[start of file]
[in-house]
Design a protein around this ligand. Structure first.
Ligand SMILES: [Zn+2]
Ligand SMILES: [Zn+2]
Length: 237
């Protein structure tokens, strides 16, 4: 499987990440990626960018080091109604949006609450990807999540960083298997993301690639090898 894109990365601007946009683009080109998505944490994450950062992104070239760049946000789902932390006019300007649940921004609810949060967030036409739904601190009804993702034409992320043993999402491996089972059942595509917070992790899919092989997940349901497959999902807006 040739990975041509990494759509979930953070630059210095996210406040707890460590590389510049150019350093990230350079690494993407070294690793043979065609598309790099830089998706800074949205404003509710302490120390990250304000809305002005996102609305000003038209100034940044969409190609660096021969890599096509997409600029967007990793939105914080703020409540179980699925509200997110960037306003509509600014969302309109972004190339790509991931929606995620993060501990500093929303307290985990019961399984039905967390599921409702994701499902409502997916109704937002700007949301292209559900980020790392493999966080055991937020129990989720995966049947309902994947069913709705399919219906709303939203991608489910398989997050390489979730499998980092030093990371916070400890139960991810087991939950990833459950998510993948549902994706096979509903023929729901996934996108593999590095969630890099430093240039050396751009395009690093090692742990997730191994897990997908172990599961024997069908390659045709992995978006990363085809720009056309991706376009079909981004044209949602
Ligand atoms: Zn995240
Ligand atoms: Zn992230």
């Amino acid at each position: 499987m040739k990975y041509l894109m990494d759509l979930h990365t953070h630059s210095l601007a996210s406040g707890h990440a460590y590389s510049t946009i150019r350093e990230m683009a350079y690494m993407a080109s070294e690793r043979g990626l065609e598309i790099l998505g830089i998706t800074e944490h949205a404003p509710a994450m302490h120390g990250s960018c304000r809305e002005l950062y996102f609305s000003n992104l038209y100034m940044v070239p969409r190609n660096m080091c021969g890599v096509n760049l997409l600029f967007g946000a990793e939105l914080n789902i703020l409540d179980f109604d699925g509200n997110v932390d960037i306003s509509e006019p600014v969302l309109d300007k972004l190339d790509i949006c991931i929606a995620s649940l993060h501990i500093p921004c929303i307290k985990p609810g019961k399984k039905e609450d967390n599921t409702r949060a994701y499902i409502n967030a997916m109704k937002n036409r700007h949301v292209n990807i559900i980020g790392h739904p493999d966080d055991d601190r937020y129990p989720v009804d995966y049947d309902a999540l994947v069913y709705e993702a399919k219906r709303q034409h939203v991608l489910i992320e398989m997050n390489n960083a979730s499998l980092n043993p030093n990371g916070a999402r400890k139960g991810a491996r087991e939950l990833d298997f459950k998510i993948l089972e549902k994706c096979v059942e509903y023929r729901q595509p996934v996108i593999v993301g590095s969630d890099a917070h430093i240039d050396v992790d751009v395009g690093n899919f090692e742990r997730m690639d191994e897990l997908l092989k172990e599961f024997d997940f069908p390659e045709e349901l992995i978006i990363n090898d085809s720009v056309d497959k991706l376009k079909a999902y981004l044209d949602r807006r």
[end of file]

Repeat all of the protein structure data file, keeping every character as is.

[in-house]
Design a protein around this ligand. Structure first.
Ligand SMILES: [Zn+2]
Ligand SMILES: [Zn+2]
Length: 237
């Protein structure tokens, strides 16, 4: 499987990440990626960018080091109604949006609450990807999540960083298997993301690639090898 894109990365601007946009683009080109998505944490994450950062992104070239760049946000789902932390006019300007649940921004609810949060967030036409739904601190009804993702034409992320043993999402491996089972059942595509917070992790899919092989997940349901497959999902807006 040739990975041509990494759509979930953070630059210095996210406040707890460590590389510049150019350093990230350079690494993407070294690793043979065609598309790099830089998706800074949205404003509710302490120390990250304000809305002005996102609305000003038209100034940044969409190609660096021969890599096509997409600029967007990793939105914080703020409540179980699925509200997110960037306003509509600014969302309109972004190339790509991931929606995620993060501990500093929303307290985990019961399984039905967390599921409702994701499902409502997916109704937002700007949301292209559900980020790392493999966080055991937020129990989720995966049947309902994947069913709705399919219906709303939203991608489910398989997050390489979730499998980092030093990371916070400890139960991810087991939950990833459950998510993948549902994706096979509903023929729901996934996108593999590095969630890099430093240039050396751009395009690093090692742990997730191994897990997908172990599961024997069908390659045709992995978006990363085809720009056309991706376009079909981004044209949602
Ligand atoms: Zn995240
Ligand atoms: Zn992230």
């Amino acid at each position: 499987m040739k990975y041509l894109m990494d759509l979930h990365t953070h630059s210095l601007a996210s406040g707890h990440a460590y590389s510049t946009i150019r350093e990230m683009a350079y690494m993407a080109s070294e690793r043979g990626l065609e598309i790099l998505g830089i998706t800074e944490h949205a404003p509710a994450m302490h120390g990250s960018c304000r809305e002005l950062y996102f609305s000003n992104l038209y100034m940044v070239p969409r190609n660096m080091c021969g890599v096509n760049l997409l600029f967007g946000a990793e939105l914080n789902i703020l409540d179980f109604d699925g509200n997110v932390d960037i306003s509509e006019p600014v969302l309109d300007k972004l190339d790509i949006c991931i929606a995620s649940l993060h501990i500093p921004c929303i307290k985990p609810g019961k399984k039905e609450d967390n599921t409702r949060a994701y499902i409502n967030a997916m109704k937002n036409r700007h949301v292209n990807i559900i980020g790392h739904p493999d966080d055991d601190r937020y129990p989720v009804d995966y049947d309902a999540l994947v069913y709705e993702a399919k219906r709303q034409h939203v991608l489910i992320e398989m997050n390489n960083a979730s499998l980092n043993p030093n990371g916070a999402r400890k139960g991810a491996r087991e939950l990833d298997f459950k998510i993948l089972e549902k994706c096979v059942e509903y023929r729901q595509p996934v996108i593999v993301g590095s969630d890099a917070h430093i240039d050396v992790d751009v395009g690093n899919f090692e742990r997730m690639d191994e897990l997908l092989k172990e599961f024997d997940f069908p390659e045709e349901l992995i978006i990363n090898d085809s720009v056309d497959k991706l376009k079909a999902y981004l044209d949602r807006r």